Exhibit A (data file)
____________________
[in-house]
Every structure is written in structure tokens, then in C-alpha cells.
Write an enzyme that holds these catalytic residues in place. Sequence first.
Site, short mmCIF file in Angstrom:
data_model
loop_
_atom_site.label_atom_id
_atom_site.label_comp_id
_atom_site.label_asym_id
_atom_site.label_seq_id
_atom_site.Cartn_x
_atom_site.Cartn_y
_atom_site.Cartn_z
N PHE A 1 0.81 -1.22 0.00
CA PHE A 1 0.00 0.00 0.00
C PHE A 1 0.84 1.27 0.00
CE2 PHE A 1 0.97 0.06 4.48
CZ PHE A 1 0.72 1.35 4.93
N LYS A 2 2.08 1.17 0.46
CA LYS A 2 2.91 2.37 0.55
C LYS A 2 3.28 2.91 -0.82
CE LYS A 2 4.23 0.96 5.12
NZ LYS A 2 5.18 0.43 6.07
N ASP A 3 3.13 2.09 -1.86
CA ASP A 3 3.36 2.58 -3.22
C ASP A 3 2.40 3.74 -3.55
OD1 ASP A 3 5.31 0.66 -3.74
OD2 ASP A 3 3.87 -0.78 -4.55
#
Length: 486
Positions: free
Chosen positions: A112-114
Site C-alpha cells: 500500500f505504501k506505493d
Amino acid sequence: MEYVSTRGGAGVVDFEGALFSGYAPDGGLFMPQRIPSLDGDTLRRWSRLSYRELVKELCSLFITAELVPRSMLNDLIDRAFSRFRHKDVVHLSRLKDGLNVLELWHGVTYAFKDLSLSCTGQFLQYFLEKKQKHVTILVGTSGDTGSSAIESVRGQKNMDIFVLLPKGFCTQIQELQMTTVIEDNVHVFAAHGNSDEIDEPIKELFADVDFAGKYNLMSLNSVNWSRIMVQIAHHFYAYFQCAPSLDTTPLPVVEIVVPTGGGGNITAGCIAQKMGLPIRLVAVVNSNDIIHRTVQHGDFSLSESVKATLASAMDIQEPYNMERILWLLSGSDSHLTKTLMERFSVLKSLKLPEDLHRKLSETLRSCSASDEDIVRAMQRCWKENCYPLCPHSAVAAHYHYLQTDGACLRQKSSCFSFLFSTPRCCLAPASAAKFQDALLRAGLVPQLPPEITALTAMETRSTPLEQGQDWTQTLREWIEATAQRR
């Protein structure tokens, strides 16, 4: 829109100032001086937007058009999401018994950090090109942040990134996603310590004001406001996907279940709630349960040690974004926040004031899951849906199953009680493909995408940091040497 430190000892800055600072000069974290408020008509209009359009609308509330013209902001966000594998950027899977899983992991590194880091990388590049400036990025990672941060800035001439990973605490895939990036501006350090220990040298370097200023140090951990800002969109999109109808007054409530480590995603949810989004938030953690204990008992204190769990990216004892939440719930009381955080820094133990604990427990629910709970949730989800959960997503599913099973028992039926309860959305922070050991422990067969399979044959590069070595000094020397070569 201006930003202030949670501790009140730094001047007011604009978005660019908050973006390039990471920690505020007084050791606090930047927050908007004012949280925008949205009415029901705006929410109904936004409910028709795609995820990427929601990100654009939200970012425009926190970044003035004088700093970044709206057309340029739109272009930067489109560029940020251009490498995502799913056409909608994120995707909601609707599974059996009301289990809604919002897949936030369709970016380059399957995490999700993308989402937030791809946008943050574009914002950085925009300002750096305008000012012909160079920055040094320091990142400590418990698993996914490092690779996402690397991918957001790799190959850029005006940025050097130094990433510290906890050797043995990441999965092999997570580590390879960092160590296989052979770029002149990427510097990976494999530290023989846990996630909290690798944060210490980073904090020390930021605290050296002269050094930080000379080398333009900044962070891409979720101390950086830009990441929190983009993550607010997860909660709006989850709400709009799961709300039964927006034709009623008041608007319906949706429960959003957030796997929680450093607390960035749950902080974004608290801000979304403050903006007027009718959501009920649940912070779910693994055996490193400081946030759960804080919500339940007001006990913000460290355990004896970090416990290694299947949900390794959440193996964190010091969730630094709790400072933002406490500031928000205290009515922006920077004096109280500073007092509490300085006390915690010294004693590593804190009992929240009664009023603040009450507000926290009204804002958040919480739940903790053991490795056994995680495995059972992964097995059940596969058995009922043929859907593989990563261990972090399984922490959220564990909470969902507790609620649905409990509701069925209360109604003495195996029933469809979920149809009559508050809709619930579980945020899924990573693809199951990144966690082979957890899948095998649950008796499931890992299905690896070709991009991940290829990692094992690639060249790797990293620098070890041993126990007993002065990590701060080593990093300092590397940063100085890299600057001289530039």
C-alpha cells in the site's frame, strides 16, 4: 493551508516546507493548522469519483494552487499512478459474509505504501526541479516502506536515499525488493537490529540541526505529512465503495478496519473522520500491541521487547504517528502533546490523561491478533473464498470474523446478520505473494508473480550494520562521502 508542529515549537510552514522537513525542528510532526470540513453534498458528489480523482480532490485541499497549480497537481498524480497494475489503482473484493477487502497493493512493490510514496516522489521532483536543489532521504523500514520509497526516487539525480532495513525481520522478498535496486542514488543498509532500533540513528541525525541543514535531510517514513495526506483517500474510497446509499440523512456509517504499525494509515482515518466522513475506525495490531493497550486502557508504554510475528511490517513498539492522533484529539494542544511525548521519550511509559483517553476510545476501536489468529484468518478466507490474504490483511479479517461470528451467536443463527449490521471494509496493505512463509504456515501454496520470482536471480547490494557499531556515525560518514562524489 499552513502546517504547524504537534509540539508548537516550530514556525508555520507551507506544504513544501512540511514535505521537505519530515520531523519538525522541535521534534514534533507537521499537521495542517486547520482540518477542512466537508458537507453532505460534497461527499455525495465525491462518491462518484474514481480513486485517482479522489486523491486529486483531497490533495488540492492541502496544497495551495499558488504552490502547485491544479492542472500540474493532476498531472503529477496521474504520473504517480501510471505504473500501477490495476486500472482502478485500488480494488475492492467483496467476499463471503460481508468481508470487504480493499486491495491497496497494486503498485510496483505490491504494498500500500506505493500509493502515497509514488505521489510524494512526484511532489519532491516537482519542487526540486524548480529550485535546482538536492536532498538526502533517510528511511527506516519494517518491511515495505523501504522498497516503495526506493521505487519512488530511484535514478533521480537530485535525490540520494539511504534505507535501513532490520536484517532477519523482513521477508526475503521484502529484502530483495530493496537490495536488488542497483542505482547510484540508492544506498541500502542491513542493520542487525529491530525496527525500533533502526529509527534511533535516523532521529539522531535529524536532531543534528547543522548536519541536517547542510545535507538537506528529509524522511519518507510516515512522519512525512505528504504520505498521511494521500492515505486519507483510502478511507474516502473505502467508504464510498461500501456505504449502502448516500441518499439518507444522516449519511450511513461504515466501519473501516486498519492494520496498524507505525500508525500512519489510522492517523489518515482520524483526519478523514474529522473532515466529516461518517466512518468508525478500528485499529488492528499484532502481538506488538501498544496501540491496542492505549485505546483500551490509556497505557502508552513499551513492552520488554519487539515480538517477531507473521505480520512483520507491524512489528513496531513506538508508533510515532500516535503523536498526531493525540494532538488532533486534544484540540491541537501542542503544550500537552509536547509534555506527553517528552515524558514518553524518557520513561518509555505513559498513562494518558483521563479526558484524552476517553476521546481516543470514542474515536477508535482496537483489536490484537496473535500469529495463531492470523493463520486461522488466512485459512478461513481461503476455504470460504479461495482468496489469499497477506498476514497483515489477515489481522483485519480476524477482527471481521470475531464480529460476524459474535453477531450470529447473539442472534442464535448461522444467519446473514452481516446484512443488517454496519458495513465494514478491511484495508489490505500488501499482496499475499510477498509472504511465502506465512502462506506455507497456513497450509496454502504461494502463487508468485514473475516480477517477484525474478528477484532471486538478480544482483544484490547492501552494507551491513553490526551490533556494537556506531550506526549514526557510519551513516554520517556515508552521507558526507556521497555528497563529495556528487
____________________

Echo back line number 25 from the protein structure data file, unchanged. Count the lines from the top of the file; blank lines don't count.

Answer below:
CA ASP A 3 3.36 2.58 -3.22